In 1999, Cone introduced a commercial monochromatic black-and-white printing system of inks and ICC profiles for the Epson 3000 printer that allowed photographers to produce a wide range of monochromatic tones from warm to cool using archival color inks and ICC profiles for Somerset Velvet paper. This was the first inexpensive quad-black system to be released by ConeTech. From 2002 until 2008, Cone would develop and introduce higher standards of monochromatic ink jet products for Epson printers including PiezoTone (2002), PiezographyBW ICC (2004), Piezography iQuads (2005), Piezography K7 (2006), Piezography MPS (2008).

In 2006, Cone introduced a new concept in ink formulation by developing an ink set for Epson printers that was "color-managed" during formulation by matching the color gamut produced by the OEM's printer driver, rather than attempting to imitate single ink positions that would later be controlled by ICC profiles. ConeColor inks are compatible with Epson Ultrachrome ink sets, being designed for use with the OEM driver, OEM workflow and OEM ICC profiles.

Cone often traveled to New York City from 2006 to 2008 to collaborate with photographer/filmmaker Gregory Colbert and Mark Sobczak, Colbert's master printer, along with his studio assistants to refine a process that was used primarily to produce original works for Colbert's Ashes and Snow Nomadic Museum. Cone developed a part of the process, which was a system of 11 monochromatic Piezography inks and software developed by Cone in his East Topsham, Vermont studio and transposed to Roland DG AJ-1000 110-inch printers to produce triple split-tone black&white photographs on 2.4m × 5.7m sheets of Japanese handmade paper produced by Awagami[10] for the Ashes and Snow Nomadic Museum exhibitions in Tokyo and in Mexico City which attracted more than 8.5 million visitors, making it the most attended exhibition by a living artist in history.[11]


Cone has taught traditional and digital printmaking as a visiting professor at SUNY Purchase, NY, University of Arizona, The Royal College of Art, London, Vermont College of Fine Arts and at Goddard College.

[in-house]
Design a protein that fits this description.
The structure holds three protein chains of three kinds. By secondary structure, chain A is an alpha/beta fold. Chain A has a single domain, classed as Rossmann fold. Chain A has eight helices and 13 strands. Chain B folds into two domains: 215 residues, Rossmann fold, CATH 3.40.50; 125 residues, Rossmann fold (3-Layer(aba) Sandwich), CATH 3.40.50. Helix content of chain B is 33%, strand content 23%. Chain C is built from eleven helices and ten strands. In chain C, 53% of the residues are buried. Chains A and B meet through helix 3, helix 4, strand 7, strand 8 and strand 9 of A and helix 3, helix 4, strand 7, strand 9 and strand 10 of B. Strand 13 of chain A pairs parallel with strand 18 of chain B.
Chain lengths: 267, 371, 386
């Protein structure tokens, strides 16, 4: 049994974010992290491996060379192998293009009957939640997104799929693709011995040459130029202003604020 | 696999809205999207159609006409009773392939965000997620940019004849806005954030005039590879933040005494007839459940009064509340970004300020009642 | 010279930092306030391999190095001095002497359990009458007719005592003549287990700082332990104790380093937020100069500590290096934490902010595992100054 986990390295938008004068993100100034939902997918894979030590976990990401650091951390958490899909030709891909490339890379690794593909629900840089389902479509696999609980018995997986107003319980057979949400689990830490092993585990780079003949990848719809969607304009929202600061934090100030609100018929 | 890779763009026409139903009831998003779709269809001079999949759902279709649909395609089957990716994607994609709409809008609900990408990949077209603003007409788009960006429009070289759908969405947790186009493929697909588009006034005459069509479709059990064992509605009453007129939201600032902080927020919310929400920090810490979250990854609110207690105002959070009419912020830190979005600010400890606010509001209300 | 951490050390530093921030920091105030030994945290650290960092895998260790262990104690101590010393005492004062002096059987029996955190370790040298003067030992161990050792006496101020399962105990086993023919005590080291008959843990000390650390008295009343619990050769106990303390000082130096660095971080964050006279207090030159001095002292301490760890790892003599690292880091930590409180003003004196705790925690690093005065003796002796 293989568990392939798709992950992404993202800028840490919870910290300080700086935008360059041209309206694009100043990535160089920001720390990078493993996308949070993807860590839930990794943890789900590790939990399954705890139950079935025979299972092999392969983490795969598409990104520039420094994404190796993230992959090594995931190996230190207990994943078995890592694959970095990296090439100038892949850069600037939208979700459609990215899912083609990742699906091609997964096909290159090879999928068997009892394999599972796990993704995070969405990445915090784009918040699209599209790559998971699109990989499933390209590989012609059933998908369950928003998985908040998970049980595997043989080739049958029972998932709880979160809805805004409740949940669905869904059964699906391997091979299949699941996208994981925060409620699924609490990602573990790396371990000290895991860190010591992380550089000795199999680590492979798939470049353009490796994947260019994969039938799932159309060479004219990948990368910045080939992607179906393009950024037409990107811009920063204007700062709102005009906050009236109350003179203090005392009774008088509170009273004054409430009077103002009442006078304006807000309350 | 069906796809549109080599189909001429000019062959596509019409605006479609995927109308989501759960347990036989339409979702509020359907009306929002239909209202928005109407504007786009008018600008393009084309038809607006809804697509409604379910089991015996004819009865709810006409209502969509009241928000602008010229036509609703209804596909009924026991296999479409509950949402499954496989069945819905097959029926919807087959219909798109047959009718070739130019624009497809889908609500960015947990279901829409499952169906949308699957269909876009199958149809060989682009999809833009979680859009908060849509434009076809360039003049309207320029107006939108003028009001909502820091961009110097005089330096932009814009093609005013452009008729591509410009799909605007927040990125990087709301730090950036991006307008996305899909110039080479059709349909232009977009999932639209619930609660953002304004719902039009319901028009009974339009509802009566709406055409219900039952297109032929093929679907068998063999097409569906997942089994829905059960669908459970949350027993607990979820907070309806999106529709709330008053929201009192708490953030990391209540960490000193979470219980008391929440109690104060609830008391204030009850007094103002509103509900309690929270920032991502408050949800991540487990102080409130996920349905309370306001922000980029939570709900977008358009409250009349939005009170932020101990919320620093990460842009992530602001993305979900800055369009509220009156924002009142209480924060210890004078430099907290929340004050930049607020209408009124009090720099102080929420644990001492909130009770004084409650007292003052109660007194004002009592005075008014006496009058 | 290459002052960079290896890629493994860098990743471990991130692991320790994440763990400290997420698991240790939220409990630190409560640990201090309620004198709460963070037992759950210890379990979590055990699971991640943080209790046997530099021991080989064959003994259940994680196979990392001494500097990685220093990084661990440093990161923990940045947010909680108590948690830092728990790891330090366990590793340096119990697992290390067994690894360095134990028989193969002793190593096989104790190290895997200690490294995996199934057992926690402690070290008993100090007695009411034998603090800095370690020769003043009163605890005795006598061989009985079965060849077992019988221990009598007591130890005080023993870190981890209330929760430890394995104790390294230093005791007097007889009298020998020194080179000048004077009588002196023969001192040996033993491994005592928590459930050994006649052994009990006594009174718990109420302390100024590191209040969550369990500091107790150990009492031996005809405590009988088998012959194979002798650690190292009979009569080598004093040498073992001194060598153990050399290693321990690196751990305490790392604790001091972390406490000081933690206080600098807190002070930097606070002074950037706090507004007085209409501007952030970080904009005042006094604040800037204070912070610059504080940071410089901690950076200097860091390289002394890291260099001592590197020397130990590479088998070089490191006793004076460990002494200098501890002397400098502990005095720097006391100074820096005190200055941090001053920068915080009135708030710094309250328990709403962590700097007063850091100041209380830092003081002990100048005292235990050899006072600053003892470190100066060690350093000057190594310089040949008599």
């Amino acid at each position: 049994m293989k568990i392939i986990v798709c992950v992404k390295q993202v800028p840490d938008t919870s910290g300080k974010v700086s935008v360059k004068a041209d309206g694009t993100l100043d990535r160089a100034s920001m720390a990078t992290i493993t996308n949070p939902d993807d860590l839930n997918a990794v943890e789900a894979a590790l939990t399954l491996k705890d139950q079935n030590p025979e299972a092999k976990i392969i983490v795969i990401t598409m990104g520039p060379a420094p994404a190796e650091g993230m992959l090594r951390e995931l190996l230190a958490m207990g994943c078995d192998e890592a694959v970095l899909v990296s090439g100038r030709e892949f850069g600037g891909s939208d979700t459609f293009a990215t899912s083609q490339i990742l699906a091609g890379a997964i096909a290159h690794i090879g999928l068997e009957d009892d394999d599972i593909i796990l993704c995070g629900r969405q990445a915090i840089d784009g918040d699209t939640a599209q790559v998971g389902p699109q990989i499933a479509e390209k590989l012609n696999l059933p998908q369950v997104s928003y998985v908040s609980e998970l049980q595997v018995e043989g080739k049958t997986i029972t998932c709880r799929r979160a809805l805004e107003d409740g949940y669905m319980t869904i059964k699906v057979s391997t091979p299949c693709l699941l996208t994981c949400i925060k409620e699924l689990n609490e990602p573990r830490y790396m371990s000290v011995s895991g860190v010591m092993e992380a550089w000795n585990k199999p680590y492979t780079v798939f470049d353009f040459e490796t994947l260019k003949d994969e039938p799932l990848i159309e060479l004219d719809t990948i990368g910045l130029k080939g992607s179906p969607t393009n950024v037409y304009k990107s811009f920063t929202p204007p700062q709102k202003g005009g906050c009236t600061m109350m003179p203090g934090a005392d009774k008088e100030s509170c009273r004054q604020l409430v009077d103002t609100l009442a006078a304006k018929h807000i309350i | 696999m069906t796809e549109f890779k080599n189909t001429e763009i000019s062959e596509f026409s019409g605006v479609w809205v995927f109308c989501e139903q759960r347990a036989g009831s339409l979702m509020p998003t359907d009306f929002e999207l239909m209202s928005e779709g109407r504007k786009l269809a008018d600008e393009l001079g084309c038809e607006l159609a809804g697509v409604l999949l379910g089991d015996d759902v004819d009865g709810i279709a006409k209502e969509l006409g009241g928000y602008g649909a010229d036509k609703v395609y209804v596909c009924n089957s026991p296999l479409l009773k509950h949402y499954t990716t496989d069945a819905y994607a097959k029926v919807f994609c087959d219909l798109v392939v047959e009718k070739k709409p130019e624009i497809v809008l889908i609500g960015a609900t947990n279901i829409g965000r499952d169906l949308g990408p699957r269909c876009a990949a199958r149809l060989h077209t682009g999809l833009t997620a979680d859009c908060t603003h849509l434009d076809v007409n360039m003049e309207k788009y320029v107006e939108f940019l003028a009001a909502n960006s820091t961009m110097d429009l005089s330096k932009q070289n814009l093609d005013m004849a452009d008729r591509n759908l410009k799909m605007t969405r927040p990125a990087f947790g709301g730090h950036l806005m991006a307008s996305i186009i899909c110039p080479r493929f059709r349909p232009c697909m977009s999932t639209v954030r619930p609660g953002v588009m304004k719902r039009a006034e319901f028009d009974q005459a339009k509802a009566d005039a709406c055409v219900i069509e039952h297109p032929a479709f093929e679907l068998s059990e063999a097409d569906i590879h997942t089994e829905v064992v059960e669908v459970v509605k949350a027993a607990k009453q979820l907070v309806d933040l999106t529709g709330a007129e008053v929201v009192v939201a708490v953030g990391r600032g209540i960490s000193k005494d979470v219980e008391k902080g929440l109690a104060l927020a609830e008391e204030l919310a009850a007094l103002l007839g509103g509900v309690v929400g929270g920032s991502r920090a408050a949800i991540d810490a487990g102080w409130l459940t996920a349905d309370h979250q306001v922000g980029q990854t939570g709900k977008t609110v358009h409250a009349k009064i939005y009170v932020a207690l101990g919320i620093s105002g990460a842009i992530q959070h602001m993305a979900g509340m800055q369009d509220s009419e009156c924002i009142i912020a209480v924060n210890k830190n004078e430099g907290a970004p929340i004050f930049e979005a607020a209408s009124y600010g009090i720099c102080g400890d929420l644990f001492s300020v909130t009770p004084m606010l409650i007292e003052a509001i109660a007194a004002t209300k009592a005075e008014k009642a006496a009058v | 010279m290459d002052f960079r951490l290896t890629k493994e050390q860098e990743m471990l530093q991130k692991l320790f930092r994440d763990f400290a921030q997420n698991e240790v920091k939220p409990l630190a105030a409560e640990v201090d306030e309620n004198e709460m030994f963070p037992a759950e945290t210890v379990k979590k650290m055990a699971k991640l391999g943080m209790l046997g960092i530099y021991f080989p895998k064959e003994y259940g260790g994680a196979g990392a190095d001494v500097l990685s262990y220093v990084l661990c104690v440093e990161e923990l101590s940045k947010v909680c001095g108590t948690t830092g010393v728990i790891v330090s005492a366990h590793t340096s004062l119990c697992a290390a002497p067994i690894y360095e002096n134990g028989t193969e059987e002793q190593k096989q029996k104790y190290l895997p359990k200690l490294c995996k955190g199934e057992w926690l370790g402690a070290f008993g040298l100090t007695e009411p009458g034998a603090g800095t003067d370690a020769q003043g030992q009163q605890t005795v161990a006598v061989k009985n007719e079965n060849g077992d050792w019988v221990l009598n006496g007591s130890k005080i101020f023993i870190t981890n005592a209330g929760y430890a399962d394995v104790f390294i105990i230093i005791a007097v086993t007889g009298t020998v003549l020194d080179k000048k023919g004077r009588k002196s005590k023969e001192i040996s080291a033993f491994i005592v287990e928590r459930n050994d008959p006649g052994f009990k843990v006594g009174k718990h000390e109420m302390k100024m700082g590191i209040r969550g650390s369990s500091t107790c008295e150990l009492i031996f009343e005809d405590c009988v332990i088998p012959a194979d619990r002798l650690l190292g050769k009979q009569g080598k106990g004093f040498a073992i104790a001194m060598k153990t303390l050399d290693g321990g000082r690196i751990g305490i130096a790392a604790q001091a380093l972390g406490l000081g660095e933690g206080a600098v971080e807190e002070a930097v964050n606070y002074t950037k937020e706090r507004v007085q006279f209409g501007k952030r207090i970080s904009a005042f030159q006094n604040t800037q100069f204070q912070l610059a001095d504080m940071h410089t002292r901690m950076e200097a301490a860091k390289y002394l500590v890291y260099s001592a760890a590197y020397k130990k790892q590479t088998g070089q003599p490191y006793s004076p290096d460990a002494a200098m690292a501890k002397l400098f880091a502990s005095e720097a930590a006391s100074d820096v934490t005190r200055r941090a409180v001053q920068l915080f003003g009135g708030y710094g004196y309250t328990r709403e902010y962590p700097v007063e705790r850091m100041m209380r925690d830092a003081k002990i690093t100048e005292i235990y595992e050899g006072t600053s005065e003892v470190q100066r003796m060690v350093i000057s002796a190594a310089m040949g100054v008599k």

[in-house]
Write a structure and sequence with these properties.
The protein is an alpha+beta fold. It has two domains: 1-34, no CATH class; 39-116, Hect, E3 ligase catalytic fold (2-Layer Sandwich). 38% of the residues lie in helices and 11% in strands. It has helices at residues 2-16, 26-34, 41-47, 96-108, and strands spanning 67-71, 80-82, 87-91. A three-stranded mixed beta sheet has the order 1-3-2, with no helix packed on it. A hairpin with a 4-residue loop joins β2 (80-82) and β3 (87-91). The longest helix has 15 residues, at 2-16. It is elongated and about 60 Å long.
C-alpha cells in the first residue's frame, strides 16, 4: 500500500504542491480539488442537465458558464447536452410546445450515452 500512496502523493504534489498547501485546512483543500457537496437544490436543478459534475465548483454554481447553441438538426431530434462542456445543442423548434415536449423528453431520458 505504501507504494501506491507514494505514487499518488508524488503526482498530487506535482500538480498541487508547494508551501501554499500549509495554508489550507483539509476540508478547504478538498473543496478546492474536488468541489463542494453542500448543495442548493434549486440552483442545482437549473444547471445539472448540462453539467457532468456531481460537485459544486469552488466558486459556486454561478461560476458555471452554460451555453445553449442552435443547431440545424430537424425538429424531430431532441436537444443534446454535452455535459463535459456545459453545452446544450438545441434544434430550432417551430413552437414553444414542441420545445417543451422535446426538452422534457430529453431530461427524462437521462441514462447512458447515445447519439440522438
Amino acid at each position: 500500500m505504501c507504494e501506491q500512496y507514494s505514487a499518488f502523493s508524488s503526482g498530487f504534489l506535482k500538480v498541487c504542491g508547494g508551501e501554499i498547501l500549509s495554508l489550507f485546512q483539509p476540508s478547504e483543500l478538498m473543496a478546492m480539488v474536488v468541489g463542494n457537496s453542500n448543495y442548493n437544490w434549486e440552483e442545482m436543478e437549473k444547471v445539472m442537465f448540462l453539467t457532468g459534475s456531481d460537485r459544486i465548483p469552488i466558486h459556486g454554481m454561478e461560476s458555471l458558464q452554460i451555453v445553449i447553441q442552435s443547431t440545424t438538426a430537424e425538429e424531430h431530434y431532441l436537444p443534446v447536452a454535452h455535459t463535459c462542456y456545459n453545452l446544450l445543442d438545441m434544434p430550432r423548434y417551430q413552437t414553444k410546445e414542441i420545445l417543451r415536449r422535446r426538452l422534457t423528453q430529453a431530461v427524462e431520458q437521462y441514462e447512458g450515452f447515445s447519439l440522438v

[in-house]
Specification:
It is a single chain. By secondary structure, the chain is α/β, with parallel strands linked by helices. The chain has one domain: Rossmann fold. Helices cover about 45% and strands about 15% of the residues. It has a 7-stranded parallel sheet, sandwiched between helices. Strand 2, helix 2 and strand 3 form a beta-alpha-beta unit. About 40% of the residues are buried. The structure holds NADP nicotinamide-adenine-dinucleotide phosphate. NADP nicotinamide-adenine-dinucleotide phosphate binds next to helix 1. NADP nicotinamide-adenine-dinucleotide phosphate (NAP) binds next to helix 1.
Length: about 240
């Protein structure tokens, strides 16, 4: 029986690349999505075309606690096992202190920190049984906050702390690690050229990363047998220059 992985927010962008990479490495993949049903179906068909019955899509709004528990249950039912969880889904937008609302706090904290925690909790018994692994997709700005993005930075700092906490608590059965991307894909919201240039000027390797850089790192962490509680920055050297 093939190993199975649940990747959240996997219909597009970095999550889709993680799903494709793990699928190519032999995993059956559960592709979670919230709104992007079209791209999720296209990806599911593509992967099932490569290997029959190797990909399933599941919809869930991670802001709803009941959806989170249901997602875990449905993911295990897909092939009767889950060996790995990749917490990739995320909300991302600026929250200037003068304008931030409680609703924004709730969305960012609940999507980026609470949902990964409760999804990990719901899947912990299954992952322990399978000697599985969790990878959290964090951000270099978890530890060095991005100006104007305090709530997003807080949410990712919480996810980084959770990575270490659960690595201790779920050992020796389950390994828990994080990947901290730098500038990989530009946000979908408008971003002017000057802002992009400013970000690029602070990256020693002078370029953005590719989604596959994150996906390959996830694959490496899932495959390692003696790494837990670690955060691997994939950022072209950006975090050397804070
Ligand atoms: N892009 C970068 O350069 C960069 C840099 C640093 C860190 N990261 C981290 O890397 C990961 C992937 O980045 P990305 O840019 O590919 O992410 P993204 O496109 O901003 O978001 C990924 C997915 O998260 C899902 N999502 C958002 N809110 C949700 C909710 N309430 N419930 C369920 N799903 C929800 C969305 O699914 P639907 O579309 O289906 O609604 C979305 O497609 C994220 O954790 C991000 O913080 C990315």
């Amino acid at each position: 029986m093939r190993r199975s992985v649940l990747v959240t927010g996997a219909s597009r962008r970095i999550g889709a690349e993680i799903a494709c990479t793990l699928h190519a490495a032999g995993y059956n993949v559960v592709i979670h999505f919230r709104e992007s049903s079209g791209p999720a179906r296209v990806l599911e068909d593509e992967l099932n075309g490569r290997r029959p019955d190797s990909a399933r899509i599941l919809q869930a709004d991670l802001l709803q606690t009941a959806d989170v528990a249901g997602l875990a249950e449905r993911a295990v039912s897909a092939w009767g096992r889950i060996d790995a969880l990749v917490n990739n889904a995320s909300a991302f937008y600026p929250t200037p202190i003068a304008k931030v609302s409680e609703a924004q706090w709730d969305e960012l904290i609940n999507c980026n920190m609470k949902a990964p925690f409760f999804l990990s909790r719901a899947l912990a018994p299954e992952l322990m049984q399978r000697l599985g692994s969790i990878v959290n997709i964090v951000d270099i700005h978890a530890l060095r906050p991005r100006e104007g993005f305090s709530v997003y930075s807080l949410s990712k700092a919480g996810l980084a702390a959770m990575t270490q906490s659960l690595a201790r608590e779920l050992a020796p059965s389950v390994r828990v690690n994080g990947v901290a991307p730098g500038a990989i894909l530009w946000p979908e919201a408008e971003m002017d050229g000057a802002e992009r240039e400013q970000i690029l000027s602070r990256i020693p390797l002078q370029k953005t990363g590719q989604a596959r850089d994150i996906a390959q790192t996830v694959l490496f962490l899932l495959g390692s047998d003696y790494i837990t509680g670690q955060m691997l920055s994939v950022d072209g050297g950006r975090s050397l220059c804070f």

In 1993, Cone established the Cone Editions Digital Workshops[12] in East Topsham, Vermont as a hands-on approach to teaching digital printmaking. Attendees were introduced to the concepts of a complete digital workflow in practice rather than in theory. Cone introduced his direct ink jet transfer technique at a workshop he taught, organized by Dorothy Krause called "Beyond The Digital Print" at the Massachusetts College of Art and Design to a group which included the five artists who would later become the "Unique Editions".


  1. ^ Fritsch, Eileen: Meet the DaVinci of Digital Printmaking Jon Cone: Mastering the Fine Art of Digital Printmaking Screenprinting, July 1996.
  2. ^ Johnson, Harald: Mastering Digital Printing, Second Edition, page 3. Course Technology PTR, 2004.
  3. ^ Madlin, Nancy: Photo District News, Special Report: Innovators February 1999.
  4. ^ Diallo, Amadou: Mastering Digital Black and White: A Photographer's Guide to High Quality Black-and-White Imaging and Printing, page 105. Course Technology PTR.
  5. ^ Silvergate, Kat Jon Cone: The Five-Tool Player of Digital Output Rangefinder Magazine, pp 90–93, Jan 2007.
  6. ^ Kramer, Hilton: ART VIEW; The Case Against Price Tags on Art NY Times, March 27, 1988, Art Section, pg 1.
  7. ^ LiPetri, Joe: Vermont-Based Fine Art Printmaker Builds Better Mousetraps Micro-Publishing News, Dec, 1999.
  8. ^ Wilhelm, Henry: The Intimate Relationship of Inks and Papers: You Can't Talk About the Permanence of One Without Considering the Other Oct 29, 1999.
  9. ^ Shipley, Jonathan: The Botanist's Desire Fine Books and Collections Magazine, July/August, 2008
  10. ^ "Awagami News: Our new project for a work of Gregory Colbert Archived 2010-01-20 at the Wayback Machine
  11. ^ "El Mañana: Acaba Museo Nómada su peregrinar (April 28,2008)" Archived 2008-06-18 at the Wayback Machine.
  12. ^ "Rosenbluhm, Steve: Review: Cone Editions Press Complete Digital Workflow Workshop March 28, 2004